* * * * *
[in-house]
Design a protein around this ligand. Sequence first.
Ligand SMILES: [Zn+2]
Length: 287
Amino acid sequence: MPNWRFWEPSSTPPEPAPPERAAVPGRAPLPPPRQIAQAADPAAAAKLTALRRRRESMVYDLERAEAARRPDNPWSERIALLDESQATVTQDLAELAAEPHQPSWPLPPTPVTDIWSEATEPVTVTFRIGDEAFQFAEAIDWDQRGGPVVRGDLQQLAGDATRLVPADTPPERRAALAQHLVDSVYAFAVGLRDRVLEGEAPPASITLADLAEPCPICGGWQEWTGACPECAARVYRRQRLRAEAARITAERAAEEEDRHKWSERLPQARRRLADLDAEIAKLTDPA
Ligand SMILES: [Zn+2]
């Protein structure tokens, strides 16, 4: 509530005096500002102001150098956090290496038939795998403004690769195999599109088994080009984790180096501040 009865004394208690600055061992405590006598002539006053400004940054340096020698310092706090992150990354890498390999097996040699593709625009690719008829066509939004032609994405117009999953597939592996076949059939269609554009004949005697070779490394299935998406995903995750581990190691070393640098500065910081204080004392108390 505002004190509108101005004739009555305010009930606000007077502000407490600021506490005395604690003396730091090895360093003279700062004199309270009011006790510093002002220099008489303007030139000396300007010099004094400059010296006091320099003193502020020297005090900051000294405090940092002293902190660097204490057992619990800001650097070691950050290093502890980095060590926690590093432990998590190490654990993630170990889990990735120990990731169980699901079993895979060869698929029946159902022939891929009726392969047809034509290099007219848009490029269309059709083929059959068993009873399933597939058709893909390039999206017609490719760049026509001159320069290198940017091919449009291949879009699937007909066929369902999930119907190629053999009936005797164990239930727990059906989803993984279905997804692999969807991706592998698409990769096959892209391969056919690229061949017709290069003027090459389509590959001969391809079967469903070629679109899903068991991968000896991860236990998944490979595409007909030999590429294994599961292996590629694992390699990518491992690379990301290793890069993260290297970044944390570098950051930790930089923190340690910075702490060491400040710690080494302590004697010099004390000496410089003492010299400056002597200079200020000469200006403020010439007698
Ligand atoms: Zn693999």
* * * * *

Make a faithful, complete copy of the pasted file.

[in-house]
Design a protein around this ligand. Sequence first.
Ligand SMILES: [Zn+2]
Length: 287
Amino acid sequence: MPNWRFWEPSSTPPEPAPPERAAVPGRAPLPPPRQIAQAADPAAAAKLTALRRRRESMVYDLERAEAARRPDNPWSERIALLDESQATVTQDLAELAAEPHQPSWPLPPTPVTDIWSEATEPVTVTFRIGDEAFQFAEAIDWDQRGGPVVRGDLQQLAGDATRLVPADTPPERRAALAQHLVDSVYAFAVGLRDRVLEGEAPPASITLADLAEPCPICGGWQEWTGACPECAARVYRRQRLRAEAARITAERAAEEEDRHKWSERLPQARRRLADLDAEIAKLTDPA
Ligand SMILES: [Zn+2]
């Protein structure tokens, strides 16, 4: 509530005096500002102001150098956090290496038939795998403004690769195999599109088994080009984790180096501040 009865004394208690600055061992405590006598002539006053400004940054340096020698310092706090992150990354890498390999097996040699593709625009690719008829066509939004032609994405117009999953597939592996076949059939269609554009004949005697070779490394299935998406995903995750581990190691070393640098500065910081204080004392108390 505002004190509108101005004739009555305010009930606000007077502000407490600021506490005395604690003396730091090895360093003279700062004199309270009011006790510093002002220099008489303007030139000396300007010099004094400059010296006091320099003193502020020297005090900051000294405090940092002293902190660097204490057992619990800001650097070691950050290093502890980095060590926690590093432990998590190490654990993630170990889990990735120990990731169980699901079993895979060869698929029946159902022939891929009726392969047809034509290099007219848009490029269309059709083929059959068993009873399933597939058709893909390039999206017609490719760049026509001159320069290198940017091919449009291949879009699937007909066929369902999930119907190629053999009936005797164990239930727990059906989803993984279905997804692999969807991706592998698409990769096959892209391969056919690229061949017709290069003027090459389509590959001969391809079967469903070629679109899903068991991968000896991860236990998944490979595409007909030999590429294994599961292996590629694992390699990518491992690379990301290793890069993260290297970044944390570098950051930790930089923190340690910075702490060491400040710690080494302590004697010099004390000496410089003492010299400056002597200079200020000469200006403020010439007698
Ligand atoms: Zn693999």